A Pleasant Suprise

Fifteen of our 26 Dominickers survived the hawk attacks.  All are supposed to be pullets.

But a couple of them seemed more feisty than the others.  When we combined the two groups, they battled briefly.  We’ve been wondering–might they be roosters?

Now that those two have started developing wattles and combs, it’s pretty clear.



So we have 13 hens and 2 roosters.  That means fewer eggs, of course.  But it also means we’ll have the opportunity to hatch Dominickers, helping the breed survive.

We ordered (and paid for) pullets. But after they arrived we began wishing we’d gotten a couple of rooster chicks as well.

As it turns out, we did.


9 comments on “A Pleasant Suprise

  1. Bob Braxton says:

    Henry Carrington Bolton – 1888 – Counting-out rhymes
    One sort, two sort, little zicky zan, Bobtailed, dominecker, tonee tan. Virgin Mary, halum, scalum, Jingum, jangum, bolum, buck ! Tennessee. 547. One zol, two zol …


  2. It’s nice when an unexpected gift arrives. Be sure to let those roosters know that you are the boss. I have some not so funny memories of an aggressive rooster… I was scared to wear shorts around him as he liked to attack. We found out the hard way not to adopt an older rooster with bad habits. 🙂

    Blessings ~ Wendy


    • Bill says:

      We try to condition our roosters from the beginning. So far we’ve never had an aggressive one. These are as tame as puppies so far. The most docile breed we’ve ever had.


  3. El Guapo says:

    Get a few more, then start your exclusive line of Farmer Bill Organic Alarm Clocks!


  4. We’ve had the occasional rooster in a batch of supposedly sexed chicks before too – when they’re not hybrids, my understanding is that it can be quite hard to sex them accurately. Like you, I’ve always been reasonably grateful to have the odd rooster. And except for a batch of Barred Plymouth Rocks years ago, when we got 5 roosters in a batch of 50 chicks, we’ve never had any aggression issues. That time, all but two went into the pot. Your Dominickers look very like Plymouth Rocks to me, by the way, but I understand there are minor differences – like the comb that your birds have.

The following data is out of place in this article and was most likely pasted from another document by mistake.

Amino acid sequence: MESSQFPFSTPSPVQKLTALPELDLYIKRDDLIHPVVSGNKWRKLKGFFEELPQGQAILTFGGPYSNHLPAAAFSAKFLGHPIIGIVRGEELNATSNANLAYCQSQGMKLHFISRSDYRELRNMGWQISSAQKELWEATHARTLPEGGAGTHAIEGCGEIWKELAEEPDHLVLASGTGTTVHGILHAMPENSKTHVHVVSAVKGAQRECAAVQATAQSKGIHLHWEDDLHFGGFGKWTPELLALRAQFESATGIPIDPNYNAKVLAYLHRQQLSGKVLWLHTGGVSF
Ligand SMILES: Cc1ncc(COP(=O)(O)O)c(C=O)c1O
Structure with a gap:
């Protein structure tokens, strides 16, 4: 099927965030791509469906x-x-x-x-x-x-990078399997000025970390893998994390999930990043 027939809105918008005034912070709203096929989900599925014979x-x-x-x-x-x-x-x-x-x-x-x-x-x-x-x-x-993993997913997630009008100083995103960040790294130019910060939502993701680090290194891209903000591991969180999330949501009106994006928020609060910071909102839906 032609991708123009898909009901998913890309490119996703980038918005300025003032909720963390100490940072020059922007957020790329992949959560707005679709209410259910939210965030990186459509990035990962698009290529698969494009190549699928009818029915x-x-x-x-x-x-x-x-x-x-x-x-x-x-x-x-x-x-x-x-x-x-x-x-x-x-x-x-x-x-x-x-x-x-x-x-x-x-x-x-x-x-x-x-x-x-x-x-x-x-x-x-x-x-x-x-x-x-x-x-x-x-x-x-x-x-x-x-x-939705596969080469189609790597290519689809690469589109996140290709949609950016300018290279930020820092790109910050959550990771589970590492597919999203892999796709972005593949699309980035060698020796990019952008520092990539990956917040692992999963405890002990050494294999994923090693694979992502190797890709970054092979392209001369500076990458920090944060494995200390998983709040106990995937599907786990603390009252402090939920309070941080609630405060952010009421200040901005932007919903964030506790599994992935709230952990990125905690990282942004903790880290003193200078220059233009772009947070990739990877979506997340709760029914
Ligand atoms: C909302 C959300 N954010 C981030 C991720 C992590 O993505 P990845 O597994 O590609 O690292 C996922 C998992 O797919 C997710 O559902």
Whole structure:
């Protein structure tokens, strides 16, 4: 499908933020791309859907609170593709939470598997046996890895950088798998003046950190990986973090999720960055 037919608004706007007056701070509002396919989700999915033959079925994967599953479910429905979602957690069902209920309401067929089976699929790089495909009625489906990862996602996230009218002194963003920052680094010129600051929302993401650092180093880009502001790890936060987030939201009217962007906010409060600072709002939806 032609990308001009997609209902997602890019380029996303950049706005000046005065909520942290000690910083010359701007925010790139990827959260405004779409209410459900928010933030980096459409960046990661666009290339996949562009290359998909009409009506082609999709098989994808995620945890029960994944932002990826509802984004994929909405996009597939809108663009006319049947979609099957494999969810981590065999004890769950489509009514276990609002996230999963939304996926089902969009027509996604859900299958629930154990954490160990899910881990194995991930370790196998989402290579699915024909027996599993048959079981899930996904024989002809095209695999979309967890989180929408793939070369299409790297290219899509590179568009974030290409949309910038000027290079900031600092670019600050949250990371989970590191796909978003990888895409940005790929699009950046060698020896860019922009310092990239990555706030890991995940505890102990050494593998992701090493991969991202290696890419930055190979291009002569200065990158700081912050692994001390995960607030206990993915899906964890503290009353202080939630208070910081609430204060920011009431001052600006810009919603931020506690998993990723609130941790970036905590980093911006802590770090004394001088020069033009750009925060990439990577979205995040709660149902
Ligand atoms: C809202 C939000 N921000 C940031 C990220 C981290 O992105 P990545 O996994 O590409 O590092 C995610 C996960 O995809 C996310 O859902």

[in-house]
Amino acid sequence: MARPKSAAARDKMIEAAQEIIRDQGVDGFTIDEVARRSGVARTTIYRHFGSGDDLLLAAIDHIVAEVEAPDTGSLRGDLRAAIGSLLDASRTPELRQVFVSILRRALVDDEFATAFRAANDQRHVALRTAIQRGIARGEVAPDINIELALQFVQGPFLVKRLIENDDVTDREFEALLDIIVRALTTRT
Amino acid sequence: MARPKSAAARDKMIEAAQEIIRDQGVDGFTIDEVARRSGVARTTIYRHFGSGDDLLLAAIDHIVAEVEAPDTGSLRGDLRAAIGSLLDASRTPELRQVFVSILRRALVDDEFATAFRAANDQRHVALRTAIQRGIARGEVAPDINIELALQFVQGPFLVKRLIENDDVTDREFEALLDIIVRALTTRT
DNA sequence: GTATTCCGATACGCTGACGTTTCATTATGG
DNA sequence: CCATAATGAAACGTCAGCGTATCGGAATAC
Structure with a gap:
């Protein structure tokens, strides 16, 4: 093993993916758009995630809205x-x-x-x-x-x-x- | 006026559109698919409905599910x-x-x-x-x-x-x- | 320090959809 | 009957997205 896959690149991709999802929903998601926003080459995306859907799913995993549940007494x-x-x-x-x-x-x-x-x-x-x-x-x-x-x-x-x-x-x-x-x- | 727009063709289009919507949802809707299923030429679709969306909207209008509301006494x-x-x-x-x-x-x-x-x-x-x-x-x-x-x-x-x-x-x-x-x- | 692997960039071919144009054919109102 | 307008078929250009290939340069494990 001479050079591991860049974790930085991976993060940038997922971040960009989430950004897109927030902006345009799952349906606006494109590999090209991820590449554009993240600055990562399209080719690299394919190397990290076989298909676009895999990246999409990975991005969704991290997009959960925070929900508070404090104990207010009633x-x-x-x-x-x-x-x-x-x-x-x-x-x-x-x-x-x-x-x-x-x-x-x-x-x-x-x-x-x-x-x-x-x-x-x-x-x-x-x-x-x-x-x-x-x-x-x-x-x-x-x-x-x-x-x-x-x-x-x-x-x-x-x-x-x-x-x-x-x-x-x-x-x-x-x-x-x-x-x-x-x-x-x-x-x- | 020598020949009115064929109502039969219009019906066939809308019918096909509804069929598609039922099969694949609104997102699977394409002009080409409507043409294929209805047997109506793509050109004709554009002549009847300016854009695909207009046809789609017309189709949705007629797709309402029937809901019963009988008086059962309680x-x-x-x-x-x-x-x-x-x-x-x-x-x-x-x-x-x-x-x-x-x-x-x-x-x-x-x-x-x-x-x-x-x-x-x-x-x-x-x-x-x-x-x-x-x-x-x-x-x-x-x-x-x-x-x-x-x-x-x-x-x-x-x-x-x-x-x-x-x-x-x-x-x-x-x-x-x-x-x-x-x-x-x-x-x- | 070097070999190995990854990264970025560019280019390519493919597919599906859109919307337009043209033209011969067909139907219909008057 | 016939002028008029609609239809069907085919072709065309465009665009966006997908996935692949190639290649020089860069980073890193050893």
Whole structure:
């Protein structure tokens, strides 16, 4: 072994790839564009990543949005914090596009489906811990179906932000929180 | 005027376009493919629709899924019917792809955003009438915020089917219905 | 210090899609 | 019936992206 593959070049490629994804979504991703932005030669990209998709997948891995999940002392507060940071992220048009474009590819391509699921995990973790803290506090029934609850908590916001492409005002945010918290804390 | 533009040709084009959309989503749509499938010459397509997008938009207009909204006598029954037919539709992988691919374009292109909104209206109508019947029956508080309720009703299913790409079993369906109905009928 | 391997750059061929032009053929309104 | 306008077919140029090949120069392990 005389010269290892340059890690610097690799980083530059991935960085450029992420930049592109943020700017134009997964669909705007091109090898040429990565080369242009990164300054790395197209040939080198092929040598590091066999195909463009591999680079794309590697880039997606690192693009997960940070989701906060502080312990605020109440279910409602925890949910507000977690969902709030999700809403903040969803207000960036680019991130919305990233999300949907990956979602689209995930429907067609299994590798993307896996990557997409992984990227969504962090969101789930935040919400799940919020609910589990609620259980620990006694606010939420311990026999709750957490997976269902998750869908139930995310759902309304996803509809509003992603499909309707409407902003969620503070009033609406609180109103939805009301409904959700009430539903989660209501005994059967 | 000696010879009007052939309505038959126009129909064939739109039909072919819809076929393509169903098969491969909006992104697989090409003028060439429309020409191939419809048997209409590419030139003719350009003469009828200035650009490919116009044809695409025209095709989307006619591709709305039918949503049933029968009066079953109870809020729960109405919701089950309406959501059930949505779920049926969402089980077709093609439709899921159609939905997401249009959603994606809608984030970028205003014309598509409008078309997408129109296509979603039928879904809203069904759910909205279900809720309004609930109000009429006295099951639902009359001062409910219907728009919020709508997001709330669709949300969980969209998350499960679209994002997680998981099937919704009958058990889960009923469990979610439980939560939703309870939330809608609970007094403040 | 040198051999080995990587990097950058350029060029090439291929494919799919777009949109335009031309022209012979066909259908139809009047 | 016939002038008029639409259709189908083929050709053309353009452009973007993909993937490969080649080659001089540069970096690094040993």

• Bill says:

      Murray McMurray includes a “mystery chick” in their orders. We used to call it the “mystery rooster” since it always turned out to be one. But we got some great roosters that way. We usually only keep two roosters, although we have 3 now. Any extras go to the pot. We’ve never had any aggression issues and I don’t expect any out of these guys.
      Yes, the Dominickers are very similar to the Plymouth Rock (which is usually called a Barred Rock around here).


  5. shoreacres says:

    Down this way – though more especially in the Cajun culture of Louisiana – that’s what’s called lagniappe, the little “something extra” given as a token of appreciation. Of course, I think other communities have another word for it – as I remember, it’s called grace. 😉


    • Bill says:

      I’m glad to have the roosters and love the “lagniappe” notion (that’s what a friend of mine calls his house). But in this case it wasn’t a gift. Pullet chicks cost much more than rooster chicks. So we got less than we paid for. The beauty of it is that I had begun regretting not getting any roosters and it turned out we did–even if we paid for pullets. So it’s all good. 🙂


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